Thursday, May 19, 2011


Makeup preparations, especially those based on heavy oils, are removed from the skin more easily using cleansing creams or emulsions, which have a relatively high fat content compared with normal soap. Cleansing creams and emulsions dissolve the fatty substances (which contain the makeup pigments), making removal of makeup easier. These substances are more effective at removing sebum from the skin than soap and water.

Since cleansing creams and emulsions contain oils, a thin layer of oil may still remain on the skin after rinsing them off. For this reason, these preparations are generally more effective for people with dry skin and are not usually recommended for people with oily skin or acne. Nevertheless, many cleansing creams and preparations are manufactured in a range of variations, as subgroups of the original product, designated specifically for use with dry, normal, or oily skin—depending on the customer’s requirements.

Cleansing creams and emulsions are usually made of relatively delicate cleansing agents (compared with the wide variety of soaps and “soapless” soaps). If they are rinsed off with water after use (not just wiped off), their cleansing effect is gentler and usually does not cause skin irritation.


Some of the soaps intended for use in acne contain antibacterial substances such as benzoyl peroxide. Benzoyl peroxide is a strong oxidizing agent that penetrates the hair follicle and acts on the bacteria that are involved in the development of acne. The other soaps intended for use in acne are mainly those designed for use on oily skin, which have very potent cleansing properties. Reducing the oiliness of the skin may help in the treatment of acne. Note, however, that most of the medical preparations used nowadays in the treatment of acne may dry out the skin. This, in addition to excessive use of soaps that also tend to dry out the skin, can lead to extremely dry skin.

Antibacterial Substances

“Antibacterial” soaps usually contain triclocarban and triclosan. Residues of these substances remain on the skin surface after washing, thereby inhibiting the growth of bacteria. Soaps that contain antibacterial substances are used mainly to prevent unpleasant body odors. They are also used for several types of superficial skin infections such as folliculitis (infection of the hair follicles), or acne, as well as following exposure to dirt or any other potential source of contamination.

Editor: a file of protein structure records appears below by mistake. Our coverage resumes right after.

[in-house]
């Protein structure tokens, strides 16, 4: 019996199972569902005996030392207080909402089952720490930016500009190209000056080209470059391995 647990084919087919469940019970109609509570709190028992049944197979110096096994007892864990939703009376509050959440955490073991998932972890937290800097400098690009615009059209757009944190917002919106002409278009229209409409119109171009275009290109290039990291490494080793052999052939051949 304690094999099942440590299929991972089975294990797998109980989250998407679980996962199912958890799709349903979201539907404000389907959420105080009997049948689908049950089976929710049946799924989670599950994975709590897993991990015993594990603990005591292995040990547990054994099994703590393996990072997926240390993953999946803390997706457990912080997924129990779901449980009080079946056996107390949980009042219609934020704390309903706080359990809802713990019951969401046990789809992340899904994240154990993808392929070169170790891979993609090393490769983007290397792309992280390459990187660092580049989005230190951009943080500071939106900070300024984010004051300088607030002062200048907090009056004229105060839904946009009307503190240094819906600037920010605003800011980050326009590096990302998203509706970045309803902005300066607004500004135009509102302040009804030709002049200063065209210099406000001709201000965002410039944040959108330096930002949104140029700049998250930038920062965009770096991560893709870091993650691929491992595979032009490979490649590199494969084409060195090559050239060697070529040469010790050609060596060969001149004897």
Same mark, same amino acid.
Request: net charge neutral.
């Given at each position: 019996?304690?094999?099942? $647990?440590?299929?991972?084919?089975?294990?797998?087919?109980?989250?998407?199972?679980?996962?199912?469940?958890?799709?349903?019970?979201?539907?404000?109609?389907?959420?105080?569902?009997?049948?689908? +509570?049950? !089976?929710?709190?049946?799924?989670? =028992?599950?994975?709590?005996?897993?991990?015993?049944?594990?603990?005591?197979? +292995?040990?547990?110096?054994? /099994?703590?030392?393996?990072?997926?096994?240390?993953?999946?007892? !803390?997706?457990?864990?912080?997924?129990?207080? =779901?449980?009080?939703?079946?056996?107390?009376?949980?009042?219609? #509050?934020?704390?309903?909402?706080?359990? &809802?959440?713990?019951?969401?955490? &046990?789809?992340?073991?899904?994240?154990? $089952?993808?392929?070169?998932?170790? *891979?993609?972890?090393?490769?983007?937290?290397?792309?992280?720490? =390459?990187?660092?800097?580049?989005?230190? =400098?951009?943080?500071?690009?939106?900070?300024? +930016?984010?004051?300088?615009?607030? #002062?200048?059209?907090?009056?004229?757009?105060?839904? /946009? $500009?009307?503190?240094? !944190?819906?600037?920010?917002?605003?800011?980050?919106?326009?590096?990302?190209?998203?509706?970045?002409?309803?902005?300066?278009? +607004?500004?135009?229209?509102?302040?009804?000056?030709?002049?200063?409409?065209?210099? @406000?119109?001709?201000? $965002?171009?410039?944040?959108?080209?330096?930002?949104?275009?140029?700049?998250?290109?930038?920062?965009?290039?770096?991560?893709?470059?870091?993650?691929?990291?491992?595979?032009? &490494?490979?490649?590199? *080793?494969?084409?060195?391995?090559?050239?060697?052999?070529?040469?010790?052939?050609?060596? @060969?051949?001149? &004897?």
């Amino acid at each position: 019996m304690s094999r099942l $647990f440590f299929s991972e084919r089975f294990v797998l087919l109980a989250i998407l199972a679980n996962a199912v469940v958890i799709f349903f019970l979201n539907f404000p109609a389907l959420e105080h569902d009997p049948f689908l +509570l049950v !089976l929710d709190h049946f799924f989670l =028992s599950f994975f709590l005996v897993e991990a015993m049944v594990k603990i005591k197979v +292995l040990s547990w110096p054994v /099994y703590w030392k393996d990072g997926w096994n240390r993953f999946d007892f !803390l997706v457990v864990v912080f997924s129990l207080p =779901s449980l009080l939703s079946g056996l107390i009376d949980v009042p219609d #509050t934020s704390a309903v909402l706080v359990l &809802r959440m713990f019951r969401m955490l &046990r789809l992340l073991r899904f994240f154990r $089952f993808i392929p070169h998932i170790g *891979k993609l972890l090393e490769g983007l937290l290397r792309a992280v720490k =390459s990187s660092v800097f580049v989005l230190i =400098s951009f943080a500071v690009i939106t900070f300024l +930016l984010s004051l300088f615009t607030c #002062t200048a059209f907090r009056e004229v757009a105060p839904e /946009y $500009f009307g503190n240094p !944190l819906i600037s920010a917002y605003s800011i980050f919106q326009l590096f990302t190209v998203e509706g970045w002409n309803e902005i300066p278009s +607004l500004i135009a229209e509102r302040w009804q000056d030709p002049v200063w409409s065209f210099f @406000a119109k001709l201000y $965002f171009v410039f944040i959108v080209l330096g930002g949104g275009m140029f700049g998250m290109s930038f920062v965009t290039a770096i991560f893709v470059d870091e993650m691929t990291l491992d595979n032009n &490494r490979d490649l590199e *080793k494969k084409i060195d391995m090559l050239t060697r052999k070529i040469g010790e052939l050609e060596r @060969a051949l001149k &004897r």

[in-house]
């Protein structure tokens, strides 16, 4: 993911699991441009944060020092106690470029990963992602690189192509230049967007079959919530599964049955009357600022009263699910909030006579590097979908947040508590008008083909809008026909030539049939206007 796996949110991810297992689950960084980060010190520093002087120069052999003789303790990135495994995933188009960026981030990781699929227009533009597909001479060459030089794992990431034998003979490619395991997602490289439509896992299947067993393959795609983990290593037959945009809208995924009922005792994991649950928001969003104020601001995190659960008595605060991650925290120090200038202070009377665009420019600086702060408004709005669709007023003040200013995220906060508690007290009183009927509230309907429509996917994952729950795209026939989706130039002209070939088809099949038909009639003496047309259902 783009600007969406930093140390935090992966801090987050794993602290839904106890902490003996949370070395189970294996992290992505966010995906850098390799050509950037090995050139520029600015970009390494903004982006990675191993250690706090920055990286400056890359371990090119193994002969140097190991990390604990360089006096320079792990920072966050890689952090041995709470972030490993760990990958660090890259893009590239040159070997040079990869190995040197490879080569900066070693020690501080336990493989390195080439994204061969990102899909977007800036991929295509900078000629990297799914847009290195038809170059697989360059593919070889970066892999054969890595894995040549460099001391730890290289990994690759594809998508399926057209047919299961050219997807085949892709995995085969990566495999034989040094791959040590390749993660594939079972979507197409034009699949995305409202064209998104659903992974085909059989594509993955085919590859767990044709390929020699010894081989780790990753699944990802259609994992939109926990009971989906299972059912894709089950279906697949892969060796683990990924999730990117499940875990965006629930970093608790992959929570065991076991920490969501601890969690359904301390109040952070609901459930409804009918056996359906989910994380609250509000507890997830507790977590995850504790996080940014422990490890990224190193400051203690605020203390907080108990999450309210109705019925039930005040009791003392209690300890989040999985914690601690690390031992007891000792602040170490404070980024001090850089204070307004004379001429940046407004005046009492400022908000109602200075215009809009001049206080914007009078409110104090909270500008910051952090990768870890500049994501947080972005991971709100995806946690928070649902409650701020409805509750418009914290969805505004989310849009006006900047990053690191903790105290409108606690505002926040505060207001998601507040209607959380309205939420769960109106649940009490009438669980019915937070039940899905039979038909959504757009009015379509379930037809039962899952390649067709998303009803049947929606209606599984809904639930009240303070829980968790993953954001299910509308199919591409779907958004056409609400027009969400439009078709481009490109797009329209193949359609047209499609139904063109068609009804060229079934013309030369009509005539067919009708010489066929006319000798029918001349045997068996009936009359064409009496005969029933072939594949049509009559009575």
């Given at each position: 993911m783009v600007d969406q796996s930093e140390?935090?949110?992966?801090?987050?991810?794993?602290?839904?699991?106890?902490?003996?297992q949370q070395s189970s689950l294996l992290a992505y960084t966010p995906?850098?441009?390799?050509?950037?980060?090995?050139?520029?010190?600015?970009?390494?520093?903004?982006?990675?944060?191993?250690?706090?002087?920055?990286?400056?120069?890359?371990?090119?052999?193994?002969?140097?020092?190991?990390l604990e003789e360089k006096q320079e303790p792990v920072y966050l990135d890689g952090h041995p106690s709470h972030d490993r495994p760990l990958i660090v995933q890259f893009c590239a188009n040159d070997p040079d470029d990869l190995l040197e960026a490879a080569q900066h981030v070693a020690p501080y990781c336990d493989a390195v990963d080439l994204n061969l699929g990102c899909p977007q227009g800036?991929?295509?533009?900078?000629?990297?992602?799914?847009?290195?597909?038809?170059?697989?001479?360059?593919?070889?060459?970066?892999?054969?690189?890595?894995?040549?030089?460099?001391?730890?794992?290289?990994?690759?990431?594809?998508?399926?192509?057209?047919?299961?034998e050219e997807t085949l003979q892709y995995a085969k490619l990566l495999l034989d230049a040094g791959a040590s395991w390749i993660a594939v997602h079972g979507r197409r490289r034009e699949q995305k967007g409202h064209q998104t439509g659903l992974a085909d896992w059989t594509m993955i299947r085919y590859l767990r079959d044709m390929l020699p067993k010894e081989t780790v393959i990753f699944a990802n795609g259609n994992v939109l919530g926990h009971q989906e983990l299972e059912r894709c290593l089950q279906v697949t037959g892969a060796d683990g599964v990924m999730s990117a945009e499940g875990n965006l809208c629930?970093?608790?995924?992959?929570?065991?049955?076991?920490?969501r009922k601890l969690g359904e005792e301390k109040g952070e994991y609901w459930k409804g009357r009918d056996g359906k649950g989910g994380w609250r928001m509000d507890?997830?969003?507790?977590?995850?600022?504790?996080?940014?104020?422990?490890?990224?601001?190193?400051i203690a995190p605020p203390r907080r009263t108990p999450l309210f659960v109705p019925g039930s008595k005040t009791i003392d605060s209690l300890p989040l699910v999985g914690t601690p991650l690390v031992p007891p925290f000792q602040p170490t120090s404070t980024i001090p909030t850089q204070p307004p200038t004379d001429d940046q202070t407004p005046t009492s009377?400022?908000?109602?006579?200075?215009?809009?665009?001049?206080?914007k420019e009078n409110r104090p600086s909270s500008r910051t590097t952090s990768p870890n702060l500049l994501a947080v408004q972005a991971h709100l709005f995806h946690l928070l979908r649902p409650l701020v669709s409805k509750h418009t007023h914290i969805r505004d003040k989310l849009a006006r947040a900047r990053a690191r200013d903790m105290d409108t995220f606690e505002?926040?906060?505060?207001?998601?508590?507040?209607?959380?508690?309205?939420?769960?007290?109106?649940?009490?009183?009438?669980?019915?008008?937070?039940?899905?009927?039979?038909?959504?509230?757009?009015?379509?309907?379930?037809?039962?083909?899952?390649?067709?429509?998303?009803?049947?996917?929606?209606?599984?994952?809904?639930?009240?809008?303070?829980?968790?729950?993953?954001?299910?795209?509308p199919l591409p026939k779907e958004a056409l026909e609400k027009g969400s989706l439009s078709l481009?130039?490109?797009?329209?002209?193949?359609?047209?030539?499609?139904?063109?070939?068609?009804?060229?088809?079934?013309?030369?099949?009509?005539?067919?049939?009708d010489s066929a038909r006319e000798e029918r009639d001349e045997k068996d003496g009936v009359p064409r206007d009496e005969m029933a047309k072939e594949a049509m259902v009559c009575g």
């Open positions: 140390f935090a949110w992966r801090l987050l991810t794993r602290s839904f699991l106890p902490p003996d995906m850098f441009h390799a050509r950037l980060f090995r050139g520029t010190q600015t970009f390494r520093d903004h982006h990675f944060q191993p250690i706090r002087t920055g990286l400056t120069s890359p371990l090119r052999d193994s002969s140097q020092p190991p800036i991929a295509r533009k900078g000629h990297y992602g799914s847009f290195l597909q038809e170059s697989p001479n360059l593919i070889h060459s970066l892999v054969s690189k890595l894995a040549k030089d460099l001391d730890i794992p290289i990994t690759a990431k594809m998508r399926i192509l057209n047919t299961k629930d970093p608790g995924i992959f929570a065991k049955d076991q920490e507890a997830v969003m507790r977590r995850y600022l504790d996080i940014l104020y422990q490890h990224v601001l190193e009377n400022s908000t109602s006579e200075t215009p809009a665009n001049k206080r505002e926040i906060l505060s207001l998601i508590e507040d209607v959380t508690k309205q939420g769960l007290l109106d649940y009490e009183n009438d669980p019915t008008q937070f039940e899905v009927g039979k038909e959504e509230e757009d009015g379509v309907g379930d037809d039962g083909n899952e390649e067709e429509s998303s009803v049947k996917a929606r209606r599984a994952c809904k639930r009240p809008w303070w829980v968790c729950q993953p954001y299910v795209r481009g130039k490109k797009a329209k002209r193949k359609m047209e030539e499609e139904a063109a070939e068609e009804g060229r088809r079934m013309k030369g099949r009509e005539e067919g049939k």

Fragrances and Perfumes

It is common practice in most cosmetic preparations, including soap, to add scents of various types to hide the odors of the raw ingredients used. Sometimes these substances can cause allergic reactions.

Transparent Soap

Transparent soap represents another type of soap which contains moisturizers. These soaps usually contain a higher than usual concentration of glycerine or various sugars. The high glycerine content gives the soap its transparent appearance. Some dermatologists maintain that glycerine tends to absorb water contained in the skin, causing these soaps to have a drying effect in certain cases. For this reason, some transparent soaps contain additional moisturizing agents; hence each transparent soap can be tailored specifically for dry, normal, or oily skin. In general, transparent soaps are considered to be relatively mild.

Soaps Meant for Use on Oily Skin

surfactants that are particularly effective in removing the oily layer from the skin. In general, the use of moisturizing agents should be tailored to the type of skin: someone with dry skin needs a soap that contains moisturizing agents. On the other hand, there is no need (and indeed it is unwise) for someone with oily skin, or someone with acne, to use moisturizing soap. Some dermatologists claim that liquid soaps tend, more than bar soaps, to dry out the skin. Therefore, it would be desirable, for those suffering from dry skin, to minimize their use.


Normal tap water contains calcium and magnesium. When ordinary soap is used with tap water, calcium and magnesium salts of fatty acids are formed. These are “sticky,” not readily soluble salts. The salts remain on the skin surface and may lead to skin irritation.

Another reason regular soap may cause skin irritation is that it has a high pH. The pH of regular soap lies between 9 and 10 (and sometimes higher than 10)—much higher than the normal skin pH (which is between 4 and 6.5). Consequently, it raises the skin’s pH (see below for an explanation of the concept of pH). However, healthy skin has mechanisms for adjusting its pH, so that shortly after it has been exposed to regular soap, its level of acidity returns to normal. (The pH returns to normal any time from half an hour to two hours after soap has been used.) Nevertheless, in some people, abrupt changes in pH can cause significant skin irritation. Therefore, the current trend in the cosmetics industry is to adapt the pH of cleansing agents and other cosmetic preparations to that of normal skin.